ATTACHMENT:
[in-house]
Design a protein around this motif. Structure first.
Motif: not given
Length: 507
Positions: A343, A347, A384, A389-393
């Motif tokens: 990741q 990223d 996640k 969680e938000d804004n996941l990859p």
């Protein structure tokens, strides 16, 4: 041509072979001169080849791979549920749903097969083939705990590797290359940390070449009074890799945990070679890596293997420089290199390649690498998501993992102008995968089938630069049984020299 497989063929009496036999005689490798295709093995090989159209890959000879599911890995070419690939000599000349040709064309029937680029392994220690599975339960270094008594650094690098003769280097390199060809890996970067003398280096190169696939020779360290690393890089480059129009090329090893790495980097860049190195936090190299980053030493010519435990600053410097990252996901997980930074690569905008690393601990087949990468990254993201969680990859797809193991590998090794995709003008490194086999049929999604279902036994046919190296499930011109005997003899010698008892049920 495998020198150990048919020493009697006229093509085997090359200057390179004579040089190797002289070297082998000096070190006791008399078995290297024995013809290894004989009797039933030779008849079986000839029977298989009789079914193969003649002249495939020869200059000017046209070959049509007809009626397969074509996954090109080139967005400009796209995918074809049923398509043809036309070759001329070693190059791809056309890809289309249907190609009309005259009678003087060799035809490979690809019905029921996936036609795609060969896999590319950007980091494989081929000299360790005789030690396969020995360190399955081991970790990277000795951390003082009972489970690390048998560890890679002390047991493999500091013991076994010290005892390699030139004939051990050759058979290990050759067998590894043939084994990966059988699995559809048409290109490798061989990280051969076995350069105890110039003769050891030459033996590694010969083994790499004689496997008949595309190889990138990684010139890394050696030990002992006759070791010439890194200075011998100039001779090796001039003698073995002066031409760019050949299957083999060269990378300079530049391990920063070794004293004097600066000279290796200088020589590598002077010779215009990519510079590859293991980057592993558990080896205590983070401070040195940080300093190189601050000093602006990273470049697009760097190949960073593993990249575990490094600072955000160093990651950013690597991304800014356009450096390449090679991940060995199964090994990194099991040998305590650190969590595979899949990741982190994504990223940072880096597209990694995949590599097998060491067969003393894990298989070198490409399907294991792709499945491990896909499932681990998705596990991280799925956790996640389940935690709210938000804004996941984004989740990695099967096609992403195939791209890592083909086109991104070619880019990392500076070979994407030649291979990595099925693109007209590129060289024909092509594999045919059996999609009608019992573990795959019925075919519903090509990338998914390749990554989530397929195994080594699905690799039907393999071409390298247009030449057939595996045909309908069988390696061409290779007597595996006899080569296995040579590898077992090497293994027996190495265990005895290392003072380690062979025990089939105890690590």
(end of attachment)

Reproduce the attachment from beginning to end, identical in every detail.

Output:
[in-house]
Design a protein around this motif. Structure first.
Motif: not given
Length: 507
Positions: A343, A347, A384, A389-393
């Motif tokens: 990741q 990223d 996640k 969680e938000d804004n996941l990859p």
């Protein structure tokens, strides 16, 4: 041509072979001169080849791979549920749903097969083939705990590797290359940390070449009074890799945990070679890596293997420089290199390649690498998501993992102008995968089938630069049984020299 497989063929009496036999005689490798295709093995090989159209890959000879599911890995070419690939000599000349040709064309029937680029392994220690599975339960270094008594650094690098003769280097390199060809890996970067003398280096190169696939020779360290690393890089480059129009090329090893790495980097860049190195936090190299980053030493010519435990600053410097990252996901997980930074690569905008690393601990087949990468990254993201969680990859797809193991590998090794995709003008490194086999049929999604279902036994046919190296499930011109005997003899010698008892049920 495998020198150990048919020493009697006229093509085997090359200057390179004579040089190797002289070297082998000096070190006791008399078995290297024995013809290894004989009797039933030779008849079986000839029977298989009789079914193969003649002249495939020869200059000017046209070959049509007809009626397969074509996954090109080139967005400009796209995918074809049923398509043809036309070759001329070693190059791809056309890809289309249907190609009309005259009678003087060799035809490979690809019905029921996936036609795609060969896999590319950007980091494989081929000299360790005789030690396969020995360190399955081991970790990277000795951390003082009972489970690390048998560890890679002390047991493999500091013991076994010290005892390699030139004939051990050759058979290990050759067998590894043939084994990966059988699995559809048409290109490798061989990280051969076995350069105890110039003769050891030459033996590694010969083994790499004689496997008949595309190889990138990684010139890394050696030990002992006759070791010439890194200075011998100039001779090796001039003698073995002066031409760019050949299957083999060269990378300079530049391990920063070794004293004097600066000279290796200088020589590598002077010779215009990519510079590859293991980057592993558990080896205590983070401070040195940080300093190189601050000093602006990273470049697009760097190949960073593993990249575990490094600072955000160093990651950013690597991304800014356009450096390449090679991940060995199964090994990194099991040998305590650190969590595979899949990741982190994504990223940072880096597209990694995949590599097998060491067969003393894990298989070198490409399907294991792709499945491990896909499932681990998705596990991280799925956790996640389940935690709210938000804004996941984004989740990695099967096609992403195939791209890592083909086109991104070619880019990392500076070979994407030649291979990595099925693109007209590129060289024909092509594999045919059996999609009608019992573990795959019925075919519903090509990338998914390749990554989530397929195994080594699905690799039907393999071409390298247009030449057939595996045909309908069988390696061409290779007597595996006899080569296995040579590898077992090497293994027996190495265990005895290392003072380690062979025990089939105890690590």